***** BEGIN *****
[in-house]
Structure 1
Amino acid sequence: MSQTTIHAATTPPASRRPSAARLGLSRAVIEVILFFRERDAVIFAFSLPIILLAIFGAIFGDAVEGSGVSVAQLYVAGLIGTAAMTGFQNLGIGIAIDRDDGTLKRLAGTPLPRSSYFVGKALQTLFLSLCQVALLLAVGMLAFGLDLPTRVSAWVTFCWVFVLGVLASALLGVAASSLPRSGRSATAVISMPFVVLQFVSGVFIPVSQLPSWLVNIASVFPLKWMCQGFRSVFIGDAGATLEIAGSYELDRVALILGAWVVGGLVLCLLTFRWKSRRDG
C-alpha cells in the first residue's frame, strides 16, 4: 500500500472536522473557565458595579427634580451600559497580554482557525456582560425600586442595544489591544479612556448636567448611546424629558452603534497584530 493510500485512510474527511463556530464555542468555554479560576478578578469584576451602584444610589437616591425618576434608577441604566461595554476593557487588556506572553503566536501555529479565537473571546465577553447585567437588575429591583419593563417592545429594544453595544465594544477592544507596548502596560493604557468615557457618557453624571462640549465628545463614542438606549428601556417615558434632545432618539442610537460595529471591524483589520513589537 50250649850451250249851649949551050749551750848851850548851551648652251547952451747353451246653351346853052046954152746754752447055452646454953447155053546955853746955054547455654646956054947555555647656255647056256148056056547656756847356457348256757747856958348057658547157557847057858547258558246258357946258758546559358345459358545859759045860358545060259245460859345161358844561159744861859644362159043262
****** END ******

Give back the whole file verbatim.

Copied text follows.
[in-house]
Structure 1
Amino acid sequence: MSQTTIHAATTPPASRRPSAARLGLSRAVIEVILFFRERDAVIFAFSLPIILLAIFGAIFGDAVEGSGVSVAQLYVAGLIGTAAMTGFQNLGIGIAIDRDDGTLKRLAGTPLPRSSYFVGKALQTLFLSLCQVALLLAVGMLAFGLDLPTRVSAWVTFCWVFVLGVLASALLGVAASSLPRSGRSATAVISMPFVVLQFVSGVFIPVSQLPSWLVNIASVFPLKWMCQGFRSVFIGDAGATLEIAGSYELDRVALILGAWVVGGLVLCLLTFRWKSRRDG
C-alpha cells in the first residue's frame, strides 16, 4: 500500500472536522473557565458595579427634580451600559497580554482557525456582560425600586442595544489591544479612556448636567448611546424629558452603534497584530 493510500485512510474527511463556530464555542468555554479560576478578578469584576451602584444610589437616591425618576434608577441604566461595554476593557487588556506572553503566536501555529479565537473571546465577553447585567437588575429591583419593563417592545429594544453595544465594544477592544507596548502596560493604557468615557457618557453624571462640549465628545463614542438606549428601556417615558434632545432618539442610537460595529471591524483589520513589537 50250649850451250249851649949551050749551750848851850548851551648652251547952451747353451246653351346853052046954152746754752447055452646454953447155053546955853746955054547455654646956054947555555647656255647056256148056056547656756847356457348256757747856958348057658547157557847057858547258558246258357946258758546559358345459358545859759045860358545060259245460859345161358844561159744861859644362159043262